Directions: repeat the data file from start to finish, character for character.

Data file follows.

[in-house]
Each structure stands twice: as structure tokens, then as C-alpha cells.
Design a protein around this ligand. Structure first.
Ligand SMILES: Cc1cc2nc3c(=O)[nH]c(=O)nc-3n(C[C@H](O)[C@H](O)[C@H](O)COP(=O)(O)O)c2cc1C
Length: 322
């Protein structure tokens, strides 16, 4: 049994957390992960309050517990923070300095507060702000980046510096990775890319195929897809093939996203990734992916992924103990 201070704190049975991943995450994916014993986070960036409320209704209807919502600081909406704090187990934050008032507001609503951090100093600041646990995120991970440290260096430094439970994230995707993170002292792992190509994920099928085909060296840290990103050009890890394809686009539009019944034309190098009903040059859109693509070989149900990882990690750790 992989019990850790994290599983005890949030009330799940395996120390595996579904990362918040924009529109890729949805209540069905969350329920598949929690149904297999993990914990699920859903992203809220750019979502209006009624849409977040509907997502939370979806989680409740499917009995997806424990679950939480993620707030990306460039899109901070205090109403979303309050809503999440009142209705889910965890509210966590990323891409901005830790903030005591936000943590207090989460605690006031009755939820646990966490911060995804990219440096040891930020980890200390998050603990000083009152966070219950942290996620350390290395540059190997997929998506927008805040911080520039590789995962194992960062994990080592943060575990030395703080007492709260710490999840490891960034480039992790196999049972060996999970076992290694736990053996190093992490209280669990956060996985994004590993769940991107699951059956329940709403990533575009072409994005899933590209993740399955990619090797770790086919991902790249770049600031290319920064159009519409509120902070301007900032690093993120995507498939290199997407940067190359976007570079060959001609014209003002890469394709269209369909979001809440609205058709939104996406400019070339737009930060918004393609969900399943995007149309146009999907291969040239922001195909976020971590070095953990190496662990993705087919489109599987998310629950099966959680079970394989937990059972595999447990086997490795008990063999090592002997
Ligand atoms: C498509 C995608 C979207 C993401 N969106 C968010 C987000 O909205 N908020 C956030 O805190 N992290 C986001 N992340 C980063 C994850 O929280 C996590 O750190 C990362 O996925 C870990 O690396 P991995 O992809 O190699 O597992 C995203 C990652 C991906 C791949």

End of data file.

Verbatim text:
[in-house]
Each structure stands twice: as structure tokens, then as C-alpha cells.
Design a protein around this ligand. Structure first.
Ligand SMILES: Cc1cc2nc3c(=O)[nH]c(=O)nc-3n(C[C@H](O)[C@H](O)[C@H](O)COP(=O)(O)O)c2cc1C
Length: 322
């Protein structure tokens, strides 16, 4: 049994957390992960309050517990923070300095507060702000980046510096990775890319195929897809093939996203990734992916992924103990 201070704190049975991943995450994916014993986070960036409320209704209807919502600081909406704090187990934050008032507001609503951090100093600041646990995120991970440290260096430094439970994230995707993170002292792992190509994920099928085909060296840290990103050009890890394809686009539009019944034309190098009903040059859109693509070989149900990882990690750790 992989019990850790994290599983005890949030009330799940395996120390595996579904990362918040924009529109890729949805209540069905969350329920598949929690149904297999993990914990699920859903992203809220750019979502209006009624849409977040509907997502939370979806989680409740499917009995997806424990679950939480993620707030990306460039899109901070205090109403979303309050809503999440009142209705889910965890509210966590990323891409901005830790903030005591936000943590207090989460605690006031009755939820646990966490911060995804990219440096040891930020980890200390998050603990000083009152966070219950942290996620350390290395540059190997997929998506927008805040911080520039590789995962194992960062994990080592943060575990030395703080007492709260710490999840490891960034480039992790196999049972060996999970076992290694736990053996190093992490209280669990956060996985994004590993769940991107699951059956329940709403990533575009072409994005899933590209993740399955990619090797770790086919991902790249770049600031290319920064159009519409509120902070301007900032690093993120995507498939290199997407940067190359976007570079060959001609014209003002890469394709269209369909979001809440609205058709939104996406400019070339737009930060918004393609969900399943995007149309146009999907291969040239922001195909976020971590070095953990190496662990993705087919489109599987998310629950099966959680079970394989937990059972595999447990086997490795008990063999090592002997
Ligand atoms: C498509 C995608 C979207 C993401 N969106 C968010 C987000 O909205 N908020 C956030 O805190 N992290 C986001 N992340 C980063 C994850 O929280 C996590 O750190 C990362 O996925 C870990 O690396 P991995 O992809 O190699 O597992 C995203 C990652 C991906 C791949």